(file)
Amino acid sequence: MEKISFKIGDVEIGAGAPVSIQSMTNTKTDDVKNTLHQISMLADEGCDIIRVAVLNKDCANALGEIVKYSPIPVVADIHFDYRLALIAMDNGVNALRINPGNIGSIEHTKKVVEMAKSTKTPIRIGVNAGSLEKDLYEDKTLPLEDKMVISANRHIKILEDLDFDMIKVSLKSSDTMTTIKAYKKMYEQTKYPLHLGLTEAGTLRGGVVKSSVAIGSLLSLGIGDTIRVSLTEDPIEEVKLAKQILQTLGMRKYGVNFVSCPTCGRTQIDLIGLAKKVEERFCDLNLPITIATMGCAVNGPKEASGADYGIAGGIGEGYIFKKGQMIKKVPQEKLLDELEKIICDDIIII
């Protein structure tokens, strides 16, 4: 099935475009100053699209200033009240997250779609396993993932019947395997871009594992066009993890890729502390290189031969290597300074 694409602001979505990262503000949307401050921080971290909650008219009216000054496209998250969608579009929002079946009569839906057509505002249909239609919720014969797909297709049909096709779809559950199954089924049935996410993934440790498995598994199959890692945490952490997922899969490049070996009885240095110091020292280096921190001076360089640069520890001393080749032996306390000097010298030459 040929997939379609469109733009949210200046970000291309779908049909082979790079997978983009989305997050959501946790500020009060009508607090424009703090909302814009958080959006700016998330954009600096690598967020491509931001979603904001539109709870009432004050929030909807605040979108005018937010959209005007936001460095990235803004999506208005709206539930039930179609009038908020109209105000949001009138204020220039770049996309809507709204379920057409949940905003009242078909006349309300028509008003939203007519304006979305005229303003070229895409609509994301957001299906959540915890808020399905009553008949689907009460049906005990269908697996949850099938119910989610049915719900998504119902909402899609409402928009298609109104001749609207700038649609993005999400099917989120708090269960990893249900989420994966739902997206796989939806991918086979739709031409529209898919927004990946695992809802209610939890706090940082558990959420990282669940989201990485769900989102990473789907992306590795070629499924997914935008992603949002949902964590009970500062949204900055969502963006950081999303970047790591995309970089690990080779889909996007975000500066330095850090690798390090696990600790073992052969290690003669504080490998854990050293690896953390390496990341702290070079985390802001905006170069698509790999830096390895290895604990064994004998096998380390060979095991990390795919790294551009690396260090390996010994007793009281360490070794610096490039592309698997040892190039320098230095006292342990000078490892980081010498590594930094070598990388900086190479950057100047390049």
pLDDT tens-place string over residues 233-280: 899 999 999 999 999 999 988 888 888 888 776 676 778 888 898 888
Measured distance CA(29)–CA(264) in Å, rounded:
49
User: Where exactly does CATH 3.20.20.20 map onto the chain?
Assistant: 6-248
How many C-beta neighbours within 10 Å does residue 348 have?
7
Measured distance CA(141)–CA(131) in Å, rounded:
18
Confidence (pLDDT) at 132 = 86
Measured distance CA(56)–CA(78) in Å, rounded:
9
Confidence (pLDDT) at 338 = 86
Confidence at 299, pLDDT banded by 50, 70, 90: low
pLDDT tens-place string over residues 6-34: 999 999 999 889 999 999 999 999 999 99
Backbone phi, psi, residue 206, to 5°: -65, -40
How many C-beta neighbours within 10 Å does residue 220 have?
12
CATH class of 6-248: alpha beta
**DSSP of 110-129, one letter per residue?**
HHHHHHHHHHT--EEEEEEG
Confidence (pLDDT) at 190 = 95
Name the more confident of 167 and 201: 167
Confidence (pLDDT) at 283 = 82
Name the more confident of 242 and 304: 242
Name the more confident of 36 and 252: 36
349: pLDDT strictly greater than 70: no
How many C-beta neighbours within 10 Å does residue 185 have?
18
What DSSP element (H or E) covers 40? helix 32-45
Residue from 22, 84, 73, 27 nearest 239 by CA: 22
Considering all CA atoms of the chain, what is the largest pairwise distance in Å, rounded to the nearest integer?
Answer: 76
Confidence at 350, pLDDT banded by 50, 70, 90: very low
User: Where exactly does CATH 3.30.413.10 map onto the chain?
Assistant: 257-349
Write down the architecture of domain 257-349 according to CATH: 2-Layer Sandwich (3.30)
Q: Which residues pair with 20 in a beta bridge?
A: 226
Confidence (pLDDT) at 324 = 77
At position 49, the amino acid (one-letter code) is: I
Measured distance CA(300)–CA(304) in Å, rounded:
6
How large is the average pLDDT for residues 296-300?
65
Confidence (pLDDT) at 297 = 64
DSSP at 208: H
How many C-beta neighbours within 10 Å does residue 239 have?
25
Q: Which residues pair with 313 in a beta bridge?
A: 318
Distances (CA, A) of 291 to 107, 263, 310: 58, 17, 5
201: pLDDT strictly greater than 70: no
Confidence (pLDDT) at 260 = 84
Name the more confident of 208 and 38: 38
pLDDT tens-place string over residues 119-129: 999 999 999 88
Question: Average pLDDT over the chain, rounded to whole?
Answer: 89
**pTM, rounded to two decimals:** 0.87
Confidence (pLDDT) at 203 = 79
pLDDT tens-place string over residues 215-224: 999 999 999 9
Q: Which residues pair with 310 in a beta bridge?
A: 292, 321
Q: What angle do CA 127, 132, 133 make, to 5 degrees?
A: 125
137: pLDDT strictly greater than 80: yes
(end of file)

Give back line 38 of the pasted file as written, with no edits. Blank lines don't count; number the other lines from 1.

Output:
Assistant: 257-349